1/2 cup french-fried onion straws

6. Heat until everything is hot.
7. Pour into a 8X10″ baking dish.
8. Cover with aluminum foil and bake for 25 minutes at 350° F.
9. Remove cover and top with 1 cup french-fried onion straws.
10. Bake about 10 more minutes until the straws are a crispy golden. 11. Serve piping hot, hopefully having timed it to finish when you’re ready to serve dinner. I will love thee, O Lord, my strength.The Lord is my rock, and my fortress, and my deliverer; my God, my strength, in whom I will trust; my buckler, and the horn of my salvation, and my high tower” (Psalm 18:1-2).

Some Tips from Dr. Moyad on “What Works and What’s Worthless” in Medicine

Recently Alan and I enjoyed a really fun and provocative lecture by Dr. Mark Moyad, who is the director of Complementary and Alternative Medicine at the University of Michigan. My first clue that he probably knows what he’s talking about is that he says he has no hobbies, which is basically true for Alan and most of the best physicians I know (who seem to have no time for anything beyond practicing their craft). 🙂           Actually, it’s obvious that his hobby is his passion: Medical research                                                         and promoting health. His lecture lasted over an hour and a half, so I’m just going to skim over a few of the high points that were particularly striking to me. He really recommended senior citizens getting vaccines for flu, pneumonia, and even the new SHINGRIX, not only to avoid these infectious diseases, but also for possible benefits to our heart health. He does not accept funding from any companies so feels free to say what he really thinks, and for the most part, he doesn’t think supplemental vitamins and minerals have been proven effective for most conditions and believes that a healthy diet can still provide most (or even more) than what we need. Dr. Moyad recommends weight control and exercise (of course). He is a big fan of fiber and a critic of fruit juices, which are high in calories and sugar with virtually no fiber.  Eat your fruit, don’t drink it!Speaking of fiber, he’s also a big fan of high-fiber diets, exercise, and proper fluid intake to help combat one common problem among older folks: constipation.He personally eats a shot glass full of bran buds daily and was so enthusiastic about the numerous health benefits that Alan and I decided to add it to our diet (on trial). This morning was our first day, though, so I don’t know if it’s going to be a lifelong addition to our menu or not. (Mixed with granola it tasted fine, but I’m not so sure how to incorporate it into bacon and eggs or french toast . . .) Concerning diets, Dr. Moyad (who’s a very engaging speaker) poked a little fun at all the fad diets out there, but he did offer some general guidelines and said that if you’re going to try to lose weight, keep these thoughts in mind:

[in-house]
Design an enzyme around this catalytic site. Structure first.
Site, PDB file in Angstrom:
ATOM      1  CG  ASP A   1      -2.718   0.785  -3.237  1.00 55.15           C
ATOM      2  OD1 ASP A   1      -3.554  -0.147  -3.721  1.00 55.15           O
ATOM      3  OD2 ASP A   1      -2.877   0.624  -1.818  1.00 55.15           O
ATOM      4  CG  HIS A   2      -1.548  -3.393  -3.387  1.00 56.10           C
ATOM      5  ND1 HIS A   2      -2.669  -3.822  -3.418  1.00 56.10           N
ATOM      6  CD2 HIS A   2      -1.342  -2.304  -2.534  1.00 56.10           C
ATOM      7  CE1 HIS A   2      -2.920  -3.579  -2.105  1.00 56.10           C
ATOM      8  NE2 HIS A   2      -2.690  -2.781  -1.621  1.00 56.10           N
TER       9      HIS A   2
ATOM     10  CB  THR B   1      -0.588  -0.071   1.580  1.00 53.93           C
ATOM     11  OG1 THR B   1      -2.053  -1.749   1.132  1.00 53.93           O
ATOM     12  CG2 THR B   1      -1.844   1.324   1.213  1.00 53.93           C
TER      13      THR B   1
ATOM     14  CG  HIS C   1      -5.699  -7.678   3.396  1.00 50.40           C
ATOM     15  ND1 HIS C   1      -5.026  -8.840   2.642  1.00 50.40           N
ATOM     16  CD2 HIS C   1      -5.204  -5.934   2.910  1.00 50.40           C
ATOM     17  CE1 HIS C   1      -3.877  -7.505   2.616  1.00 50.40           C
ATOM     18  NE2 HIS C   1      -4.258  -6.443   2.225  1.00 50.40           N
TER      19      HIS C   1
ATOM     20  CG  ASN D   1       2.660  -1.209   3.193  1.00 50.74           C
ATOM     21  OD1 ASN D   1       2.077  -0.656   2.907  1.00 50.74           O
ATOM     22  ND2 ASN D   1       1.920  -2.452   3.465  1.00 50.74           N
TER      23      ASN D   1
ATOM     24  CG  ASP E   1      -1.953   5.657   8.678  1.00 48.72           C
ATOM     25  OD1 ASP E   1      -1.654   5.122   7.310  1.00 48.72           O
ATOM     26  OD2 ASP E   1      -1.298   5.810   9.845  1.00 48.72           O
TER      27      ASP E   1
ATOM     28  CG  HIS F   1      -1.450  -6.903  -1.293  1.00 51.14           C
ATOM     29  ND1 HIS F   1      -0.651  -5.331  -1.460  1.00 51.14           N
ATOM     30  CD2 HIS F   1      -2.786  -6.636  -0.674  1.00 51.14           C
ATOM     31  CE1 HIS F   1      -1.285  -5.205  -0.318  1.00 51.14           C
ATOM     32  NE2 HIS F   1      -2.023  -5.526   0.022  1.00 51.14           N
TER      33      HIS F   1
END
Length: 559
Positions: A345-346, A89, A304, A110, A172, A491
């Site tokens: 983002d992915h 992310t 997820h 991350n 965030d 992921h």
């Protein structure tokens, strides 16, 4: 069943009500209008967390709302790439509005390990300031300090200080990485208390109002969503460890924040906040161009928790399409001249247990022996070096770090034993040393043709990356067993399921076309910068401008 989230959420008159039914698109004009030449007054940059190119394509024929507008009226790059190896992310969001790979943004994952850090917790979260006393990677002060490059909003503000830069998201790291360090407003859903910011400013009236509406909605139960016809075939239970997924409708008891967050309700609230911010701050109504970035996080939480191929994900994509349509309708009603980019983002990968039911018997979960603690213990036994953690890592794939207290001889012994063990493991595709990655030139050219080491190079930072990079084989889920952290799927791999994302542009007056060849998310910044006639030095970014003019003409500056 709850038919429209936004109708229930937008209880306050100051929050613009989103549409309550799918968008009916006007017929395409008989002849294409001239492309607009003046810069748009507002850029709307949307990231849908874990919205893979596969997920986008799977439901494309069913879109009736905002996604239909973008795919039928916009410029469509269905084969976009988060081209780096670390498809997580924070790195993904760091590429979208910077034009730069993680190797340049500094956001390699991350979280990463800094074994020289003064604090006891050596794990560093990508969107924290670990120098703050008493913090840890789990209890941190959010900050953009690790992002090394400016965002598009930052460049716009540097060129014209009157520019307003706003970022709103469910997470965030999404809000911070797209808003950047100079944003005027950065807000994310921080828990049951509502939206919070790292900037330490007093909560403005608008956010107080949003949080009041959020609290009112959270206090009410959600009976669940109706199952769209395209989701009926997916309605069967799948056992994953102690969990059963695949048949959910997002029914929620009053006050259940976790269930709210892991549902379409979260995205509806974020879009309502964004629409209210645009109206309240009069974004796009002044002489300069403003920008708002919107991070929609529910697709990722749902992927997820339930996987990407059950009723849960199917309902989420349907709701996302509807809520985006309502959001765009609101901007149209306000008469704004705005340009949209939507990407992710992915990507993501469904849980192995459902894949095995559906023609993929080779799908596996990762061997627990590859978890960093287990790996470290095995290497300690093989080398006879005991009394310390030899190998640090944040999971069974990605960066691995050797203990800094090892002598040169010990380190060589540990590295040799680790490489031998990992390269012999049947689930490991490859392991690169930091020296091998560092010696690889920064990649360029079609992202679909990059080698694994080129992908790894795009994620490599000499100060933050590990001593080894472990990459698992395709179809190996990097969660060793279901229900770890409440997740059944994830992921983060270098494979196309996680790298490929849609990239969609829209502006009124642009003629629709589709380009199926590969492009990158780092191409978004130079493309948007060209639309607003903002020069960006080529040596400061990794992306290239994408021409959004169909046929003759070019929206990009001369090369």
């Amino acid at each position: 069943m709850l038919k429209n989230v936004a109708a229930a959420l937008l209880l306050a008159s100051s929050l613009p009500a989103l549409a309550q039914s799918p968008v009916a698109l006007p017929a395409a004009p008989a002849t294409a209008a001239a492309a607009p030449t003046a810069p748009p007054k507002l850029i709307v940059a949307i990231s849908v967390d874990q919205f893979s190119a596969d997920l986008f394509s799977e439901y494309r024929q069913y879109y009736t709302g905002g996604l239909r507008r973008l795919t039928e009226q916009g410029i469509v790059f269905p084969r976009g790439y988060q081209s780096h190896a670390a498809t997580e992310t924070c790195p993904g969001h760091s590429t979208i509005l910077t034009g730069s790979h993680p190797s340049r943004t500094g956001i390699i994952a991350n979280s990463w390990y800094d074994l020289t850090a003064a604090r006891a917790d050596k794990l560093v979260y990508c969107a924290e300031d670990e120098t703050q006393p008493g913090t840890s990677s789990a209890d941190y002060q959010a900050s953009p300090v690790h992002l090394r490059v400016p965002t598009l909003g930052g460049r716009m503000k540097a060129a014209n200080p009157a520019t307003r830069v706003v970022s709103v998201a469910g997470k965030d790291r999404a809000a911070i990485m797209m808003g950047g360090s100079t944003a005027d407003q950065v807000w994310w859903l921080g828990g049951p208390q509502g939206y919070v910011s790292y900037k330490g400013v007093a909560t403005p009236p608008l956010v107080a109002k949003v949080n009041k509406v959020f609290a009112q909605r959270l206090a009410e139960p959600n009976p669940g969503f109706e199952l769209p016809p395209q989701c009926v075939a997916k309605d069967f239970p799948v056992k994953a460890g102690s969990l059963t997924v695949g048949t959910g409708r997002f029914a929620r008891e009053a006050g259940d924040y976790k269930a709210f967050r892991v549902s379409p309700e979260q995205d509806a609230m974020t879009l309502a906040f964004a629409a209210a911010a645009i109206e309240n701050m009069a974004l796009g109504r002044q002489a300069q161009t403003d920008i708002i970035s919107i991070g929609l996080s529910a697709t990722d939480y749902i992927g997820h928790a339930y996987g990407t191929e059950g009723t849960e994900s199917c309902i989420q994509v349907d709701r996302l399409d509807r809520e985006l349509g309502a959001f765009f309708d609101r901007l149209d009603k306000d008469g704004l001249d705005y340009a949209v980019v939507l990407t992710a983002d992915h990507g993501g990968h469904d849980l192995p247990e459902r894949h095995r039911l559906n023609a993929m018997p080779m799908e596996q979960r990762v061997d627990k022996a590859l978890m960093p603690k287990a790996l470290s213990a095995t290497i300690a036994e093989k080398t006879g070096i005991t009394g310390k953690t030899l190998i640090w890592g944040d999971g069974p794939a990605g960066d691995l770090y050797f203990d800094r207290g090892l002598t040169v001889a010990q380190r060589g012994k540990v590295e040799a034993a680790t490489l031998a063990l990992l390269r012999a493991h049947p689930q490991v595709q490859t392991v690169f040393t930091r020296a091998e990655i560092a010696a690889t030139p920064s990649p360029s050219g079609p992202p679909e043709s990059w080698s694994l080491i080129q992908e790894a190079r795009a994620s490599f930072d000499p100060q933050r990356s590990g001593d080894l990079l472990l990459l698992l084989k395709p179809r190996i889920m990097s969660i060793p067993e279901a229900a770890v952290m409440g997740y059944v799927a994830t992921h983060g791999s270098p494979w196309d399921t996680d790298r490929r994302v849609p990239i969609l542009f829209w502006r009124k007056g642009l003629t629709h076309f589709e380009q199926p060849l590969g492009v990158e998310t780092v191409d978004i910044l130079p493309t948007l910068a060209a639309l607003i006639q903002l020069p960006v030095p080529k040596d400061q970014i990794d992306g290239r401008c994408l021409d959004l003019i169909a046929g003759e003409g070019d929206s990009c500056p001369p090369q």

Five parameters for dieting:
*Calories matter: No weight-loss diet is a good diet unless you lose weight
*3 B’s: blood pressure, body mass, and blood sugar should all go down
*Brain health: make sure your diet doesn’t make you grouchy or depressed. A good diet should make you feel positive about yourself and the world around you

As Michigan just passed a bill allowing the use of recreational marijuana, Dr. Moyad had a few cautions about its use: Thoughts on marijuana:
*It’s super expensive (up to $35,000 for a year’s supply of medical marijuana)
*It’s highly unregulated, so most of the time you probably won’t know what you’re getting
*There are many untested substances in marijuana, so how it may interact with other drugs and substances isn’t known yet
*It has a high placebo effect, so how much it actually helps is still in question

He said that personally, he’d like to live in a country where people get up in the morning and drive safely to work. Sounds right to me. Well, there’s just too much to share on one post, but those were some of the highlights, and I thought he made a lot of sense. If you’re interested in reading more, the latest addition of his book on health issues should be coming out about now, so look for a 2018 or 2019 work (which is what I’m doing), but otherwise here’s the link to his old 2014 addition: https://www.amazon.com/Supplement-Handbook-Trusted-Worthless-Conditions/dp/1623360358/ref=sr_1_fkmr0_1?s=books&ie=UTF8&qid=1542038332&sr=1-1-fkmr0&keywords=Dr.+Moyad

Dr. Moyad didn’t comment on vegetarian diets, and I’m not a vegetarian, but I definitely think people would be better off eating more vegetables and less meat. This was demonstrated in the biblical literature by Daniel over 2,500 years ago: “Daniel then said to the guard whom the chief official had appointed over Daniel, Hananiah, Mishael and Azariah, 12 “Please test your servants for ten days: Give us nothing but vegetables to eat and water to drink. 13 Then compare our appearance with that of the young men who eat the royal food, and treat your servants in accordance with what you see.” 14 So he agreed to this and tested them for ten days.15 At the end of the ten days they looked healthier and better nourished than any of the young men who ate the royal food. 16 So the guard took away their choice food and the wine they were to drink and gave them vegetables instead” (Daniel 1:11-16).